Cooking outdoors over a campfire can be a fun way to enjoy a hot meal after a long day of hiking, fishing and other outdoor activities. Most family meals can be adapted to outdoor cooking, but keep in mind that you will not have the kind of temperature control you have at home. You will need to gauge when parts of a meal are ready based on sight and smell rather than cooking time.
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It is important to take the same precautions for food safety that you would at home. According to the U.S. Department of Agriculture, all meats should be cooked to safe internal temperatures ranging from 145 degrees Fahrenheit for steaks to 165 degrees Fahrenheit for chicken and hot dogs. Cold foods must be kept cold in a cooler. Large blocks of ice will keep food cold longer than smaller ice cubes or cold packs. When planning meals for your camping trip, try to avoid perishable foods such as seafood and mayonnaise. Even with a cooler, you will not be able to keep these foods at a constant safe temperature, especially if you will be camping for several days.
Before deciding what to serve, find out if your campsite has regulations forbidding open fires or propane stoves. Especially in hot, dry weather, many campsites forbid any type of open flame in an effort to reduce the risk of forest fires. Some campsites provide charcoal grills, while others require you to bring your own cooking gear. Many campsites forbid alcohol, so check the regulations before you decide to bring beer or wine.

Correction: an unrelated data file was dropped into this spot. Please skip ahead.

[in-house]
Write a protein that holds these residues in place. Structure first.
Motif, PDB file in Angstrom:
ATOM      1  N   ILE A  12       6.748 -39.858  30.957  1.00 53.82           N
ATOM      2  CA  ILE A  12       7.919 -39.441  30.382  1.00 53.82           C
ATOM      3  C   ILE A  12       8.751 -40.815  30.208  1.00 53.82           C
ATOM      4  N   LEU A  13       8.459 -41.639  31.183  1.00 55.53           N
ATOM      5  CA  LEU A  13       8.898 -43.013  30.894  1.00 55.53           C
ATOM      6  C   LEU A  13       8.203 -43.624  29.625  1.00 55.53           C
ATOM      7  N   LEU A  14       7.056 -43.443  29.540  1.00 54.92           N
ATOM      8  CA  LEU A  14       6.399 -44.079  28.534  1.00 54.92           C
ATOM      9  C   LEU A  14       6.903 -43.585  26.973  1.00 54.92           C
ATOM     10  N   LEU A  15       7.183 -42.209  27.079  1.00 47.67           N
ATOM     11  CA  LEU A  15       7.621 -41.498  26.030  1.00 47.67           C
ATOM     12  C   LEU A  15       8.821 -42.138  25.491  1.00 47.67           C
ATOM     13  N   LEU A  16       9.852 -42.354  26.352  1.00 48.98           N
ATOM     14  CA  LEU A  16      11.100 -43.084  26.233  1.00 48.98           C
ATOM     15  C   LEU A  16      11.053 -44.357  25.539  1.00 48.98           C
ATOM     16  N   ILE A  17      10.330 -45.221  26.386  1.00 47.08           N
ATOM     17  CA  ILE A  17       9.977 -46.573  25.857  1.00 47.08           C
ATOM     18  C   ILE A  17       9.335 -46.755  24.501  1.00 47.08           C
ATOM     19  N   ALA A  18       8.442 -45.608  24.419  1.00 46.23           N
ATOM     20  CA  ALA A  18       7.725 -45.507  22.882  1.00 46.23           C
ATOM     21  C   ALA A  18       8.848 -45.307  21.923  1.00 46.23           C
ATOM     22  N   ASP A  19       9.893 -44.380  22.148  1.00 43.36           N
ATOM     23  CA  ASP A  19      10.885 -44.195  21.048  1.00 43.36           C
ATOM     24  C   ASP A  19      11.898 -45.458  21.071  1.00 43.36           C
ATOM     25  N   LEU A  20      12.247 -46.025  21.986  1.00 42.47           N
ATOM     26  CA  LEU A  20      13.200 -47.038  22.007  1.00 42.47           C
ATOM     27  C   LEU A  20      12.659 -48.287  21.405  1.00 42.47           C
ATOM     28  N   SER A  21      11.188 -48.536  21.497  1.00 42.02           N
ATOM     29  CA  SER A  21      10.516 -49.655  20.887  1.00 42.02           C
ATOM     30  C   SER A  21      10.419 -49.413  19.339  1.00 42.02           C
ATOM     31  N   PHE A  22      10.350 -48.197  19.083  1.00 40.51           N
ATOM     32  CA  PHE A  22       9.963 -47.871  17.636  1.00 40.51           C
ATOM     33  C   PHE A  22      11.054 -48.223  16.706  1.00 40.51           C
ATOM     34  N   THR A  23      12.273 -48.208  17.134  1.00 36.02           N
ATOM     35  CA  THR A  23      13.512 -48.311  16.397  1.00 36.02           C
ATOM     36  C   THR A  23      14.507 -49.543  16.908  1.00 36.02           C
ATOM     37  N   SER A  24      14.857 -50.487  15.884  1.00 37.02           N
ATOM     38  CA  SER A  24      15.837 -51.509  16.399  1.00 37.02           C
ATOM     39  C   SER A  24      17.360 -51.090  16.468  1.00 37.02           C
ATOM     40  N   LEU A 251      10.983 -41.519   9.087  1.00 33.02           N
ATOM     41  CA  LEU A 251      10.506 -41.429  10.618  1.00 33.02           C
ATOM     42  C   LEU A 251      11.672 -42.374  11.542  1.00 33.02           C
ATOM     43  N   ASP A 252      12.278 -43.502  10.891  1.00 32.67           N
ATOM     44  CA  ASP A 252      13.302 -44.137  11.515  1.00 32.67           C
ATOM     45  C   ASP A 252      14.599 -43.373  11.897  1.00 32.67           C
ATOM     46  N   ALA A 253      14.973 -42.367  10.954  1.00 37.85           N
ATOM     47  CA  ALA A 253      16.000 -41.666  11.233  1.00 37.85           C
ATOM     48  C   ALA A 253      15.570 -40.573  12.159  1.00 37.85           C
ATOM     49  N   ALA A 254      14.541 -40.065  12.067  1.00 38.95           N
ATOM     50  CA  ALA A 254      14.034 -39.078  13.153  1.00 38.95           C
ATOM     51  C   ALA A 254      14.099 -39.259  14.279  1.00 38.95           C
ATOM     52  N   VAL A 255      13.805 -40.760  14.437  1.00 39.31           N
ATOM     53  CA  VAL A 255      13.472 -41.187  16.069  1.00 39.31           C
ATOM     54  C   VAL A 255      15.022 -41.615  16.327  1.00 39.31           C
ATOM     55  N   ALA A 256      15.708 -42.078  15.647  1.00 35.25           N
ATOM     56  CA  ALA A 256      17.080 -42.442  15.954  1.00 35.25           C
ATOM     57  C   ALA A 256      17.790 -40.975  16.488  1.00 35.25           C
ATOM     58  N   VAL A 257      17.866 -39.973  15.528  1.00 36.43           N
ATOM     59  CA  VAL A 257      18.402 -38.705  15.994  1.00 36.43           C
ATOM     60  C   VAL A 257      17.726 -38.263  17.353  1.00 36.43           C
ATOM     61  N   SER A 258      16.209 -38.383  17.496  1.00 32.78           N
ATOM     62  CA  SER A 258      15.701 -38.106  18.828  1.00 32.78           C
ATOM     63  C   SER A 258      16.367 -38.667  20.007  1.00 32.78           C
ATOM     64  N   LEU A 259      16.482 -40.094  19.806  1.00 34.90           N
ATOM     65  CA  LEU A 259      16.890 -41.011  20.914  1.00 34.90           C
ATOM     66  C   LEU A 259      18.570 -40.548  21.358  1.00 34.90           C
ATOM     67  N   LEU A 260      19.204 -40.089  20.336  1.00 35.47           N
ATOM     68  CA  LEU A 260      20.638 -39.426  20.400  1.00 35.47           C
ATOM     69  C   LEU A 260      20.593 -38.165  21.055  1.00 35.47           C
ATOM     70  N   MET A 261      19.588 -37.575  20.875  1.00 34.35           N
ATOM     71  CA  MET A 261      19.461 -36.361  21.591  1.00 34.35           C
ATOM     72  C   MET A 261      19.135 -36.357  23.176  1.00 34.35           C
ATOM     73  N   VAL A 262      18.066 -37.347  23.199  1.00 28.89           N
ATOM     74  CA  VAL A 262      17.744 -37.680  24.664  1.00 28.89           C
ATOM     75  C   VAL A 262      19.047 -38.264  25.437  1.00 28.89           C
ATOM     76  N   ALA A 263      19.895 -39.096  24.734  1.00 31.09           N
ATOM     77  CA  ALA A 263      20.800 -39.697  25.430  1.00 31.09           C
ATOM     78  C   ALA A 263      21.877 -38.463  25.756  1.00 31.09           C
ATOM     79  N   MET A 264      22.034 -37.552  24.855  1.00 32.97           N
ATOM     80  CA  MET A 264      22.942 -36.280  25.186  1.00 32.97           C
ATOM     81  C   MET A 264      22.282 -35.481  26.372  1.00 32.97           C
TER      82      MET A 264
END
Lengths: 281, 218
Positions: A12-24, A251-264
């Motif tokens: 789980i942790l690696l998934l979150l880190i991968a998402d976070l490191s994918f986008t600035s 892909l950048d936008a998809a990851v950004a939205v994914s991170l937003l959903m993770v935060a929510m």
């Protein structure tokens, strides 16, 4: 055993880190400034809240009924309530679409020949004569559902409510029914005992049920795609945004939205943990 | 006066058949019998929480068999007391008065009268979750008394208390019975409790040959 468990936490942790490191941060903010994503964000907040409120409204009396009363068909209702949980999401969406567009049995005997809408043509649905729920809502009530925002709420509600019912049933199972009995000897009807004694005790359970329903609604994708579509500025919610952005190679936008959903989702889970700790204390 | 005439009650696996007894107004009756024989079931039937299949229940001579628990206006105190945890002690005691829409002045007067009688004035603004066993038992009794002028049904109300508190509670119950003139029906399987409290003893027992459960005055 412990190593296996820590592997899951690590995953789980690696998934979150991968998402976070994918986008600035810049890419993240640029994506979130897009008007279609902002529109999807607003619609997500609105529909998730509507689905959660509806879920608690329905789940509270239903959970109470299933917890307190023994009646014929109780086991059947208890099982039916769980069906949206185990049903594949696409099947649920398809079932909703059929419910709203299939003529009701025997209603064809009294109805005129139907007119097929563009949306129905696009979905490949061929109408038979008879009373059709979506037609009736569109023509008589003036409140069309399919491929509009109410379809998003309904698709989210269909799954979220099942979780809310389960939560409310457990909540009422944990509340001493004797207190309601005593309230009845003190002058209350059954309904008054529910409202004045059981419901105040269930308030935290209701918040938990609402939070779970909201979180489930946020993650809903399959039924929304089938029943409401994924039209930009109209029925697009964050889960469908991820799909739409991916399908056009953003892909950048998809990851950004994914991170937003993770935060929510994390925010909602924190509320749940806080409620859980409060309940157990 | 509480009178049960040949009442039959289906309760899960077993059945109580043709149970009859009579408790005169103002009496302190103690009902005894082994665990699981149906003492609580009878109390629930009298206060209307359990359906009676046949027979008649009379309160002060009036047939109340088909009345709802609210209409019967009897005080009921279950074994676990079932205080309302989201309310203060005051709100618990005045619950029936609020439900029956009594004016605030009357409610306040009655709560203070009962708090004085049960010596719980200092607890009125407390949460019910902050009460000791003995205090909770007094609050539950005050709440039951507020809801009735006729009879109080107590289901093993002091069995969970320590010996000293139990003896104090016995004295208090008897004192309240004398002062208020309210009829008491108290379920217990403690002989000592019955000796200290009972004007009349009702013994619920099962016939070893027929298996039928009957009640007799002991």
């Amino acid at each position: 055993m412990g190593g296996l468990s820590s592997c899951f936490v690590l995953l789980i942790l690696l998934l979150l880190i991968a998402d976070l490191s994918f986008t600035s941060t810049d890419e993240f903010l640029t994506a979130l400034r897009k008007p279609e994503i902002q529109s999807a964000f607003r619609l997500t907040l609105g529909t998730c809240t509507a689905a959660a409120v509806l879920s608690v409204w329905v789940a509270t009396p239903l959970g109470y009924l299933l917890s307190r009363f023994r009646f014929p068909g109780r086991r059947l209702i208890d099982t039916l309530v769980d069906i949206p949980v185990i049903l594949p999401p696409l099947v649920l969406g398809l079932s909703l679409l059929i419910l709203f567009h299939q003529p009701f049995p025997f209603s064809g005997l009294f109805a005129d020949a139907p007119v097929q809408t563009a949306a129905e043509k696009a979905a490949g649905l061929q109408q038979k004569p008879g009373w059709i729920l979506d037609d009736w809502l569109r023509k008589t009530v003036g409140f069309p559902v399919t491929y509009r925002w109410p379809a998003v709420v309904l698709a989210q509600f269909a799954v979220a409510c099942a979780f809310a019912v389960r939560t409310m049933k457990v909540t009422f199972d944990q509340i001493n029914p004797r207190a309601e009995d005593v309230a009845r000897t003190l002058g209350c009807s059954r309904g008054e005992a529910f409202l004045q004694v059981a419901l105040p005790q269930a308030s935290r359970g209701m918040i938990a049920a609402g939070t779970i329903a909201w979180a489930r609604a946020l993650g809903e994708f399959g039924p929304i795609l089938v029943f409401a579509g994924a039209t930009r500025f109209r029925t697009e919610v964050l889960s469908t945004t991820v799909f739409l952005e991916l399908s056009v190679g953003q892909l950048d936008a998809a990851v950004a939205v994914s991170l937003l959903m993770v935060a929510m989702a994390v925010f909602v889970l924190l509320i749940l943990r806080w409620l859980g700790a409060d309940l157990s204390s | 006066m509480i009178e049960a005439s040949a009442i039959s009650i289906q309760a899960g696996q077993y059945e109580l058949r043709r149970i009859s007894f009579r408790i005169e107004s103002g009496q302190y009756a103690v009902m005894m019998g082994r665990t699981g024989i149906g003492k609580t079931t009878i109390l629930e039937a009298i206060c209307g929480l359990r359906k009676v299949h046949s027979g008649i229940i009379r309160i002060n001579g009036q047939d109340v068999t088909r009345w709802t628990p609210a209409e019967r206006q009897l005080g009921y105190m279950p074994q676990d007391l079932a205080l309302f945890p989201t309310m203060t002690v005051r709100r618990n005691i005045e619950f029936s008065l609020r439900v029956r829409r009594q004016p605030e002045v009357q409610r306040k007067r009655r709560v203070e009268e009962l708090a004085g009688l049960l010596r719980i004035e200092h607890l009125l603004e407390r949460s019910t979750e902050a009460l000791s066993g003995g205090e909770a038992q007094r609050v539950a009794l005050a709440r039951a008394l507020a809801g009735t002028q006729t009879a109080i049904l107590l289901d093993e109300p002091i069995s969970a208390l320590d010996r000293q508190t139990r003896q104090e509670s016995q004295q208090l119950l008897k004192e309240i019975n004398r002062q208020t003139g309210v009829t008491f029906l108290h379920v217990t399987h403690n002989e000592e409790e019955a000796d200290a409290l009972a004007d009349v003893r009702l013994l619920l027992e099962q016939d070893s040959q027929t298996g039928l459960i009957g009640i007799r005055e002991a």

Classic Or Creative Meals
Camp food can be as basic or as elaborate as you want. Hot dogs are a classic camp dinner and are easy for anyone to make. If you want something more elaborate, foil meals and dutch oven dishes are delicious and well suited to campfire cooking. While you will not have the modern conveniences of your home kitchen, remember that for most of human history food was cooked over a campfire. There are few dishes that cannot be adapted to campfire cooking.
Safe Food Storage
When you are camping, you are a visitor in the wilderness, so remember the animals who make that area their home. If you leave food accessible, especially overnight or while you are away from the campsite, animals will be attracted to your campsite. In areas with bear populations, many campsites have locking metal bear boxes in which to store food.
Meal Planning and Weather Considerations
Write down each meal you will prepare and the ingredients—including spices, condiments and other staples—you will need for that meal. Remember to include side dishes and beverages.
Consider bringing extra ingredients for a cold meal, such as sandwiches or cereal, in case it rains and you are unable to light a fire or use a propane stove. Don't use a propane or liquid fuel stove inside a tent.